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The Liberty Bell was commissioned November 1, 1751, to commemorate the 50th anniversary of William Penn's Charter of Privileges for his Pennsylvania colony. The radical charter granted religious liberty to persecuted faiths, including Quakers,Jews, Catholic and others, thus establishing America's tradition of religious freedom.
The Bell cracked when first tested. Two local foundry men recast The Bell and it began service in 1753 tooling special events. In the Revolutionary War, The Bell tolled to announce the Battle of Lexington and Concord and the first public reading go The Declaration of Independence on July 8, 1776. It cracked again July 8, 1835, during the funeral procession of Chief Justice John Marshall. It was repaired but cracked again 1846 when it rang for George Washington's birthday. It has not been rung since. It was not called "The Liberty Bell" until 1839 when William Lloyd Garrison's anti-slavery publication, "The Liberator" published a poem about the Bell. This use by advocates of the anti-slavery movement made The Bell a new symbol of freedom.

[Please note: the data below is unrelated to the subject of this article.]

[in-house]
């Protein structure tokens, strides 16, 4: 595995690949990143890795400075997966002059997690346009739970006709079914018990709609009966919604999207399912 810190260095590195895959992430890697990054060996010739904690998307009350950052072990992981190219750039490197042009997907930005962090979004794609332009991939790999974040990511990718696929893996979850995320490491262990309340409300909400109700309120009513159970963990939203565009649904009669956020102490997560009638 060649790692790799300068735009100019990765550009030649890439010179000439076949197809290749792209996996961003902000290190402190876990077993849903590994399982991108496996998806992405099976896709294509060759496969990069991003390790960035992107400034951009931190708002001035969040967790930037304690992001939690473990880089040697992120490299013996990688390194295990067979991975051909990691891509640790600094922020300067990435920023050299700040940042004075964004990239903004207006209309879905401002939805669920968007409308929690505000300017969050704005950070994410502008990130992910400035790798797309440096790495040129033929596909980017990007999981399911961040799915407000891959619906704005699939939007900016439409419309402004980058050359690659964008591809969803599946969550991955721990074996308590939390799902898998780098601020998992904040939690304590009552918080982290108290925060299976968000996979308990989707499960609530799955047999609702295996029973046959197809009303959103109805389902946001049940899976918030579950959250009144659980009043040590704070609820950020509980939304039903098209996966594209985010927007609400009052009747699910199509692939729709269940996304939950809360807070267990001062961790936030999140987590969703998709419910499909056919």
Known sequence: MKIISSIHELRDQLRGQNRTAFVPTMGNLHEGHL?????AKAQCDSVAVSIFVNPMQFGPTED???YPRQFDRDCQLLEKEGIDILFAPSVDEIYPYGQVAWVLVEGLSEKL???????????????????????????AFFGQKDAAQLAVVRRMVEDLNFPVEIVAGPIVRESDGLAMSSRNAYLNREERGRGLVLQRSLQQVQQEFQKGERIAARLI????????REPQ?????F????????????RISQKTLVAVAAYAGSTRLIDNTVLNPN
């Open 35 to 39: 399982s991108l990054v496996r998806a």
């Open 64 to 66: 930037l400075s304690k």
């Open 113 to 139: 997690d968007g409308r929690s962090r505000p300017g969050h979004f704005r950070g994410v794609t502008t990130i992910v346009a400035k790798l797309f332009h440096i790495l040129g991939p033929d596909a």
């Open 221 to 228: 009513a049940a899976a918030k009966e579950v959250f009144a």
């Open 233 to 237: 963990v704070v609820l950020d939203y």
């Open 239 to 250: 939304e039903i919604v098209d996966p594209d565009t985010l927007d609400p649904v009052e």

The Liberty Bell's association with The American Revolution, its use to toll important events in history, its symbolic use in the anti-slavery movement, and its Biblical inscription "Proclaim LIBERTY throughout
all the land unto all the inhabitants thereof." Leviticus 25:10 have made it among the most cherished and revered symbols of America freedom.
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